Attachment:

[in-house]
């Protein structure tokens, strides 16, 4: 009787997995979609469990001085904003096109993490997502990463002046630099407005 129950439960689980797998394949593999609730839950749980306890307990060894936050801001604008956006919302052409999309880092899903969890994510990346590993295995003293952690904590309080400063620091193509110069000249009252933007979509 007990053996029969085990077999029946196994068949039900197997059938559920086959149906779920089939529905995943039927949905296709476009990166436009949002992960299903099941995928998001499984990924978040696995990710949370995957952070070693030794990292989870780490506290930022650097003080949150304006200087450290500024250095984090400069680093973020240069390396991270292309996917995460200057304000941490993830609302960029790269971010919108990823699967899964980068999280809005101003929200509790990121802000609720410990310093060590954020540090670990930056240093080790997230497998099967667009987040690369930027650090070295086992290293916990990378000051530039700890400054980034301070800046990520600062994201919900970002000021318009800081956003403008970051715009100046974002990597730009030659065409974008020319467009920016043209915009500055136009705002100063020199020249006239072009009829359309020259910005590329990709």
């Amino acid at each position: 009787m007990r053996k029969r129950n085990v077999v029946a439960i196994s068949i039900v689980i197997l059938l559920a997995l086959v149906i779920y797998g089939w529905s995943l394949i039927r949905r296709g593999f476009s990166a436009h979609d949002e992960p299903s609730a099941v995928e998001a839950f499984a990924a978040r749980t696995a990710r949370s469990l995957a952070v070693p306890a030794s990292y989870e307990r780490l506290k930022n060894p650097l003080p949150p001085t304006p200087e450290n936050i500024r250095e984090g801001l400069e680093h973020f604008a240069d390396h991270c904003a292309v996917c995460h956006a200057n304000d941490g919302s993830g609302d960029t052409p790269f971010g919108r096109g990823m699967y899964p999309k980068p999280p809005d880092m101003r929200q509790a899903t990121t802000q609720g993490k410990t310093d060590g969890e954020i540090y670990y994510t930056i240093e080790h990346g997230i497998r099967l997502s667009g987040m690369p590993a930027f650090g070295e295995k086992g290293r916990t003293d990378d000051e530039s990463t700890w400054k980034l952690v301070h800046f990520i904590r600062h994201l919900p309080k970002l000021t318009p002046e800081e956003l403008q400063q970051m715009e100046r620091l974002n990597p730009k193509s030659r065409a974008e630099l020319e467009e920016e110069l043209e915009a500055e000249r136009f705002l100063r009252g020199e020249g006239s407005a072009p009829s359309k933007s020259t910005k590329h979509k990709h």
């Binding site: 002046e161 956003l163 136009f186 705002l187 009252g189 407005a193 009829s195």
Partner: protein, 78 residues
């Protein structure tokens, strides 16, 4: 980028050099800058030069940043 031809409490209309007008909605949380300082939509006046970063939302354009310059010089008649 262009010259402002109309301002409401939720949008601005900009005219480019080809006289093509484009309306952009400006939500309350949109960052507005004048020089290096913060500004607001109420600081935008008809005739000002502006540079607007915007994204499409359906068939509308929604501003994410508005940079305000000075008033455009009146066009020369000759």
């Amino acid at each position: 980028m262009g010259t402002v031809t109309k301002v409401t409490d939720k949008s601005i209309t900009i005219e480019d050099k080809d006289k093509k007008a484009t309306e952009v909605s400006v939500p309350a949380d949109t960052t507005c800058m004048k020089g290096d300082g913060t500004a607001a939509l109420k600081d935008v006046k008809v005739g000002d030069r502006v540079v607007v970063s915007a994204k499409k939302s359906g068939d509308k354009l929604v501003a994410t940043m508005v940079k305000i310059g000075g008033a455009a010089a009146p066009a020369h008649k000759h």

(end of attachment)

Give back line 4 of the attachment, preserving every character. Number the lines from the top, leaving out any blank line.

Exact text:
């Binding site: 002046e161 956003l163 136009f186 705002l187 009252g189 407005a193 009829s195």